which is permitted by the statutes upon which Ahern relies. See 18 U.S.C. §§ 4013, 4042
(permitting agreements to house prisoners in non-federal institutions).
The M&R recognized that, as a policy decision, delegation of inmate care is within the
discretionary exemption of the FTCA. D.E. 65, pp. 13-16. Ahern has not demonstrated that
the M&R is incorrect on that issue. More specifically, the fact that Ahern has not stated a
cognizable claim is evident from the fact that he does not articulate what precise action he
expected the marshals to take in response to his complaints. Clearly, the marshals did not have
the medical expertise or license to deliver him the care he desired. And Judge Rainey is quoted
merely as suggesting that they “do something” to assist.
There was no specific course of conduct prescribed for this situation. The marshals
could prod CBDC to do a better job with complaints or reminders of Ahern’s plight. They
could seek a discretionary placement of Ahern in a different facility. They could refer the
issue up the chain of command leading, within a higher level policymaker’s discretion, to a
decision to alter the delegation to CBDC of any federal inmate incarceration. Multiple choices
for effectuating the policy decisions regarding the custody of federal inmates make it clear that
Ahern’s complaint triggers the discretionary function exemption from FTCA liability.
This has been the decision of other courts evaluating similar fact patterns. See Lopez v.
U.S. Immigration & Customs Enf't, 455 F. App'x 427, 432 (5th Cir. 2011) (applying the
discretionary function exemption to reject FTCA liability against USMS for allegedly violating
its own nondiscretionary policies in failing to inspect a contractor’s operations and failing to
oversee the facility's medical care). “Supervision of a contractor's work, including the degree
of oversight to exercise, is inherently a discretionary function. Similarly, a decision to hire a
contractor and the choice of contractor are policy-based discretionary decisions.” Guile v.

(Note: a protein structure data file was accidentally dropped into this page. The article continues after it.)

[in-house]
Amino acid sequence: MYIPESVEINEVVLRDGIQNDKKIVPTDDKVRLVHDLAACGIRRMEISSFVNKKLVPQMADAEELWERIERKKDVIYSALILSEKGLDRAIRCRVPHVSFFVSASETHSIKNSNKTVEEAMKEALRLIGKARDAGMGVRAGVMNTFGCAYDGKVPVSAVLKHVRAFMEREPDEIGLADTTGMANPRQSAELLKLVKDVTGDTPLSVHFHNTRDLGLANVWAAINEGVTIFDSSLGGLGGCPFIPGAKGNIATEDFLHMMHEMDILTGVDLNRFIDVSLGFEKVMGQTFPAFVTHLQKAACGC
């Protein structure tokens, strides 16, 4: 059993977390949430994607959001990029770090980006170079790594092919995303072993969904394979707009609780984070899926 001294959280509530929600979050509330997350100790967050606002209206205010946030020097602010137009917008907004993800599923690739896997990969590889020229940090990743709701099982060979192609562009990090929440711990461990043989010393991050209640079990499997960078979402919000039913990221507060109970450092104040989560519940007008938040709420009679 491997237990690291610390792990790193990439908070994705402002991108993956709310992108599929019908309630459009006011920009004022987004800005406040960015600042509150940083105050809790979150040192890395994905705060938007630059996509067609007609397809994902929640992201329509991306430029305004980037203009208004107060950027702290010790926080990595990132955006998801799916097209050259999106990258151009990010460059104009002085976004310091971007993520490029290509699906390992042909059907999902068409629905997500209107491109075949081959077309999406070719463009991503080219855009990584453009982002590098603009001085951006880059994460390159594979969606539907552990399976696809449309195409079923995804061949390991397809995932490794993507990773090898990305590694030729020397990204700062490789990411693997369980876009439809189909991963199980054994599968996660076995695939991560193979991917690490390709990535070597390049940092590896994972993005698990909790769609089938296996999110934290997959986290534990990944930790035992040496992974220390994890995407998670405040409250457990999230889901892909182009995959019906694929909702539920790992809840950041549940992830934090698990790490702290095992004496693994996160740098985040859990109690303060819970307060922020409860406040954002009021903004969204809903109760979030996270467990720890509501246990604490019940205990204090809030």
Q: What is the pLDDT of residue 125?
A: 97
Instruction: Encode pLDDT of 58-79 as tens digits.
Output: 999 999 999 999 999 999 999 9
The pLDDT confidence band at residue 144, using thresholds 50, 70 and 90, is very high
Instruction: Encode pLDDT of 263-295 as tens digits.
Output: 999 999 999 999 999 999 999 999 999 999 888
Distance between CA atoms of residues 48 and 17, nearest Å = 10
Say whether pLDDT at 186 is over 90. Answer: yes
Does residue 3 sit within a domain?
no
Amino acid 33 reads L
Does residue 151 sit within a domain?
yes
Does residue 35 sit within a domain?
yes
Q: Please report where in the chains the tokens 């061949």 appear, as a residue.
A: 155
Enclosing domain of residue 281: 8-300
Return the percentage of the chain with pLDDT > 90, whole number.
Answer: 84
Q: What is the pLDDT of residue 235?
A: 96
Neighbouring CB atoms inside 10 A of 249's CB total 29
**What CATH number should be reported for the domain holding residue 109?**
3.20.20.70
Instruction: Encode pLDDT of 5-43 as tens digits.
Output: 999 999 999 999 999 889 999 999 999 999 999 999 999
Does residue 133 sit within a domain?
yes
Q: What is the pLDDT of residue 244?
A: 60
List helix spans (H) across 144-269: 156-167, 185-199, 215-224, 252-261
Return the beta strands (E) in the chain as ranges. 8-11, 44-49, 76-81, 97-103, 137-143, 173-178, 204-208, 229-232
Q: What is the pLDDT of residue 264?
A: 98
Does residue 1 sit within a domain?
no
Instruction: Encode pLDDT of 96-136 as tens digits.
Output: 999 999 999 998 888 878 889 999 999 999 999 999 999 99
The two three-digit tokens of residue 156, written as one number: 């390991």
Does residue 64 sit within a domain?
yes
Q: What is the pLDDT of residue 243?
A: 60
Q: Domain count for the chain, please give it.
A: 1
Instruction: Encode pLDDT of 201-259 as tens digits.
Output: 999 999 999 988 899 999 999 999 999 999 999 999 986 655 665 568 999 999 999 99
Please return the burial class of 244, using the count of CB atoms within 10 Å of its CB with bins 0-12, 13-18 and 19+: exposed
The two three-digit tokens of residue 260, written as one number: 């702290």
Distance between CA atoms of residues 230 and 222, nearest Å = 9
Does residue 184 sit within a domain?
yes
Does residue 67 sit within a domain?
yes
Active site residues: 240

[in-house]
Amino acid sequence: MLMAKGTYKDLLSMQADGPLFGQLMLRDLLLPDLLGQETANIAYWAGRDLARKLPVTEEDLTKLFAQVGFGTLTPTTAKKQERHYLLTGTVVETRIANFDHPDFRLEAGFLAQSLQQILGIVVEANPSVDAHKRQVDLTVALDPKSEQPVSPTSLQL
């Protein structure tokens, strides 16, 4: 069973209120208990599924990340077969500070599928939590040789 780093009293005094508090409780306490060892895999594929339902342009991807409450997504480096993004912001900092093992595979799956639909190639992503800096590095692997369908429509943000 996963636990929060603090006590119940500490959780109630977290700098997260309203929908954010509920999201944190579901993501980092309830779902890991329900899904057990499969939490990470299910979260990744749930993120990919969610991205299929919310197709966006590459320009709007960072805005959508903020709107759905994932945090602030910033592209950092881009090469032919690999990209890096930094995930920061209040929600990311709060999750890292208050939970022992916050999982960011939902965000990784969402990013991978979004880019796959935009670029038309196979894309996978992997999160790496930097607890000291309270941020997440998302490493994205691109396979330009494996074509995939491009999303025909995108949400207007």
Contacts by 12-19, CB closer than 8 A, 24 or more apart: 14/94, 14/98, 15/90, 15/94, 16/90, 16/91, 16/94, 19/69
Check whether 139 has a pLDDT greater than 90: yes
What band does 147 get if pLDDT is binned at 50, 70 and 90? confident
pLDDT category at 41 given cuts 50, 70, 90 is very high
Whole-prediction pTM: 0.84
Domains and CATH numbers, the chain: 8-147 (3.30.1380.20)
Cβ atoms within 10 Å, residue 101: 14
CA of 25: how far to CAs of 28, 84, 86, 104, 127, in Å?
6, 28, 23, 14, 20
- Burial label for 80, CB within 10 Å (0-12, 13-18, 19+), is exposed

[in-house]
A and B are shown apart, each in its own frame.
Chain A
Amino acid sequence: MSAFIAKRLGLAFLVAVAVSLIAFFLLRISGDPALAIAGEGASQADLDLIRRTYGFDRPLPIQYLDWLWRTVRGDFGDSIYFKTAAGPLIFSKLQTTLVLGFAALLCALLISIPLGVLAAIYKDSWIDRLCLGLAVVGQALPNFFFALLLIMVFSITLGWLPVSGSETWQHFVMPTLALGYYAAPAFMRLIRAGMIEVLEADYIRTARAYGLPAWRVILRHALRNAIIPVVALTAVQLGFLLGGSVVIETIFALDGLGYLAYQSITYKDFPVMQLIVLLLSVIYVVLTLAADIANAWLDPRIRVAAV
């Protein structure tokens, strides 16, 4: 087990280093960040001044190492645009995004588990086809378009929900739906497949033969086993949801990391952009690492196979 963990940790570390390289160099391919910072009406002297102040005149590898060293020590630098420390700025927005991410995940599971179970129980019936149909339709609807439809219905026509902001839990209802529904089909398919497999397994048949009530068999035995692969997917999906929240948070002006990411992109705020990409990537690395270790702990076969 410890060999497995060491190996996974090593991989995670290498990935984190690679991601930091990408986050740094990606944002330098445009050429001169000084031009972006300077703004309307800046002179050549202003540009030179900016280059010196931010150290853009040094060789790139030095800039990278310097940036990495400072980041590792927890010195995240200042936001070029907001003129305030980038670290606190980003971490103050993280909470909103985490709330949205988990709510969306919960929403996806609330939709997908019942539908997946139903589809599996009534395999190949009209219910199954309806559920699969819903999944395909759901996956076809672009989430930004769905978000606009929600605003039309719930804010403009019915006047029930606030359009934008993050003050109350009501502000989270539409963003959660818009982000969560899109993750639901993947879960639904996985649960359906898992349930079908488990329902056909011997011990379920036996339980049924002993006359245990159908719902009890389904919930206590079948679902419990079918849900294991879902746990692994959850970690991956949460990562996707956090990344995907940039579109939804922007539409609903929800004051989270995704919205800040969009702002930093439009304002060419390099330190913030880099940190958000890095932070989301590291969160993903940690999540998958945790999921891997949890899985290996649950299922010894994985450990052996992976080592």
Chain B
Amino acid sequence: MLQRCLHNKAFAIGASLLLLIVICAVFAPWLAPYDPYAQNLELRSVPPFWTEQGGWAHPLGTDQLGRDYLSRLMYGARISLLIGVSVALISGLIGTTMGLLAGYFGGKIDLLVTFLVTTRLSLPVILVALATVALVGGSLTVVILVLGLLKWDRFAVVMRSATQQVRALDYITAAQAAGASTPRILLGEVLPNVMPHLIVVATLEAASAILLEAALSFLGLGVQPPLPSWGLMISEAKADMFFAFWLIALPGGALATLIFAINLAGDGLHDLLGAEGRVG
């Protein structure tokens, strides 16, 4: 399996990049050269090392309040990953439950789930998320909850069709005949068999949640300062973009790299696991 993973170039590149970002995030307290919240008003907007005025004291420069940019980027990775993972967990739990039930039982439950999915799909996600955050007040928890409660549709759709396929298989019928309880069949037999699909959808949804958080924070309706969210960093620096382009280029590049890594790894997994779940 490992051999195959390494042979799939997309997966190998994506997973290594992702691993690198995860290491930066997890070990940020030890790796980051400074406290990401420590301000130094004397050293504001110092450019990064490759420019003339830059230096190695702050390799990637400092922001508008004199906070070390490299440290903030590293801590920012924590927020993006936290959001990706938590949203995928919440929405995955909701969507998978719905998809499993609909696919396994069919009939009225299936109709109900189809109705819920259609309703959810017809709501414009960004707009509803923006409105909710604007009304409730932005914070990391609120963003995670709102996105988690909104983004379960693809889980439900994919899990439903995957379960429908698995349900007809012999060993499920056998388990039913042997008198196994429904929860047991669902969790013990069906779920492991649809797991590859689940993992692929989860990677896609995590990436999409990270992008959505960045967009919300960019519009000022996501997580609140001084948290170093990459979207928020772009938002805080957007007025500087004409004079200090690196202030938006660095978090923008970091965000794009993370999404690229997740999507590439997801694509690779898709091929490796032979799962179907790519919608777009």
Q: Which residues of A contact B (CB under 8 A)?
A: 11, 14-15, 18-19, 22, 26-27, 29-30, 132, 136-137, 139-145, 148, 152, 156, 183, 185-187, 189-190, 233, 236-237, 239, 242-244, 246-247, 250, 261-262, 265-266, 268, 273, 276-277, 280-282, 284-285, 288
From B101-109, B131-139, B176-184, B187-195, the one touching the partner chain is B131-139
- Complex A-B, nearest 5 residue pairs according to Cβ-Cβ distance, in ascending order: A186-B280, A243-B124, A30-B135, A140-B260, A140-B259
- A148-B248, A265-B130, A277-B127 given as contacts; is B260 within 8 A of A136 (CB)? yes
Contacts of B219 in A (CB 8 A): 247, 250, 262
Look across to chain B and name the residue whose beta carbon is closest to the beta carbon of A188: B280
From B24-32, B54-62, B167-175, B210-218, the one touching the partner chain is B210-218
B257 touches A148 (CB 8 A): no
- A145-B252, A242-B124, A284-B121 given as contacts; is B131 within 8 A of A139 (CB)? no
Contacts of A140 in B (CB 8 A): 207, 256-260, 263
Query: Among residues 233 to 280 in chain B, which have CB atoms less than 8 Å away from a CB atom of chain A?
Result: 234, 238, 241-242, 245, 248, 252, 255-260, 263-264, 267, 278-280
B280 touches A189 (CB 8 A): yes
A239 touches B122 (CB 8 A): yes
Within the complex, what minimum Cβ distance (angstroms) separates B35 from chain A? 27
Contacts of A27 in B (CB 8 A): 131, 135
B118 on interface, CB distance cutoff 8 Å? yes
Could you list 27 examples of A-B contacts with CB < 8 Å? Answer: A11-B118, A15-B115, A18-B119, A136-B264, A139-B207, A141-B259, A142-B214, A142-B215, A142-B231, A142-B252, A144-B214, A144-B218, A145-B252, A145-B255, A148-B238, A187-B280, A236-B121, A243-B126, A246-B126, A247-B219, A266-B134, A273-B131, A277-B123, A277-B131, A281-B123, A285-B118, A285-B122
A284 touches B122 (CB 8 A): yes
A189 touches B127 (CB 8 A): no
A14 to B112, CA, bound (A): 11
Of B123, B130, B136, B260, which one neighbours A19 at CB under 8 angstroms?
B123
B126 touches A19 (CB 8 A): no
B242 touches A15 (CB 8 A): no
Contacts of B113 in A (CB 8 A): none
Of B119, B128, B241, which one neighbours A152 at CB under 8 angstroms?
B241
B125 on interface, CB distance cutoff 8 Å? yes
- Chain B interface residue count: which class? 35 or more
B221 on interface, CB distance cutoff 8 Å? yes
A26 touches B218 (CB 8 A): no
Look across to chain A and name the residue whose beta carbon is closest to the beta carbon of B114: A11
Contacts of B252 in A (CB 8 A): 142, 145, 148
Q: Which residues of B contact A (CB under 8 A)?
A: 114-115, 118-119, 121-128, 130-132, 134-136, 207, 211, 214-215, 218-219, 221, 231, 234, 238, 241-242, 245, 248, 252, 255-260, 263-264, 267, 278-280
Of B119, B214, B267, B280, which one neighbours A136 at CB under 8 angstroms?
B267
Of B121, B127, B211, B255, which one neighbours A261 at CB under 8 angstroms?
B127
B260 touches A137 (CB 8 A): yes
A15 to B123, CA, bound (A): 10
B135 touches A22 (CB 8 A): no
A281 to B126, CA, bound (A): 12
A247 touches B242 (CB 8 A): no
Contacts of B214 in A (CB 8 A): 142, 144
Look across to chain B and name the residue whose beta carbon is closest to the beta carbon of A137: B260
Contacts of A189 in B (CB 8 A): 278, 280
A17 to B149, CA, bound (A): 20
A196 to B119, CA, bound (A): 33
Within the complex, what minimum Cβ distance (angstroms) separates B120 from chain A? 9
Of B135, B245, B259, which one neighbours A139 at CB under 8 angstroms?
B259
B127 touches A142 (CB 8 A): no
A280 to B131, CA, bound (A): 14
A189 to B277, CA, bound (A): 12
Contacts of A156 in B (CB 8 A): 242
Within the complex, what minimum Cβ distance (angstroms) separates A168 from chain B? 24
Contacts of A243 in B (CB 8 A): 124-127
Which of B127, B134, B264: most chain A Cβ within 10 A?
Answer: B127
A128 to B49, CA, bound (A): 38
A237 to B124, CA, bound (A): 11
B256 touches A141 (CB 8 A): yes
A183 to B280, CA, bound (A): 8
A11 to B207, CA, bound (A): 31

United States, 422 F.3d 221, 231 (5th Cir. 2005) (citations omitted). See also, Johnson v.
United States, No. CIV.A. 4:05CV40, 2006 WL 572312, at *6 (E.D. Va. Mar. 7, 2006)
(rejecting USMS liability for acts of contractor with responsibility for housing federal
inmates). Ahern’s first objection is OVERRULED.
Second, Ahern objects because there are multiple statutes or regulations governing the
care of prisoners that state the government’s responsibilities in terms of what it “shall” do.
Ahern argues that fundamental life issues such as good quality medical care are therefore
mandatory responsibilities of the government. This, Ahern infers, makes any act regarding
medical care a prescribed operational one, falling outside the scope of the FTCA discretionary
As the Fifth Circuit has found, “[M]any policy statements couched in seemingly
mandatory language ultimately present only ‘generalized, precatory, or aspirational language
that is too general to prescribe a specific course of action for an agency or employee to
follow.’” Lopez, 455 F. App’x at 433 (citing Freeman v. United States, 556 F.3d 326, 338 (5th
Cir.2009)). The Fifth Circuit followed that principle in Lopez in determining that the policies
or directives applied to the USMS for prisoner care, while stating that certain things were
required, were not sufficiently specific to keep the decisions from being discretionary and
exempt from FTCA liability. Lopez, 455 F. App’x at 433. Ahern’s second objection is
Having reviewed the findings of fact, conclusions of law, and recommendations set
forth in the Magistrate Judge’s Memorandum and Recommendation, as well as Ahern’s
objections, and all other relevant documents in the record, and having made a de novo
disposition of the portions of the Magistrate Judge’s Memorandum and Recommendation to
which objections were specifically directed, the Court OVERRULES Ahern’s objections and
ADOPTS as its own the findings and conclusions of the Magistrate Judge. Accordingly,
Defendant’s Motion to Dismiss Under Discretionary Function Exception to the FTCA or in the
Alternative Motion for Summary Judgment (D.E. 62) is GRANTED and this action is
DISMISSED WITH PREJUDICE.
ORDERED this 29th day of June, 2017.
NELVA GONZALES RAMOS
UNITED STATES DISTRICT JUDGE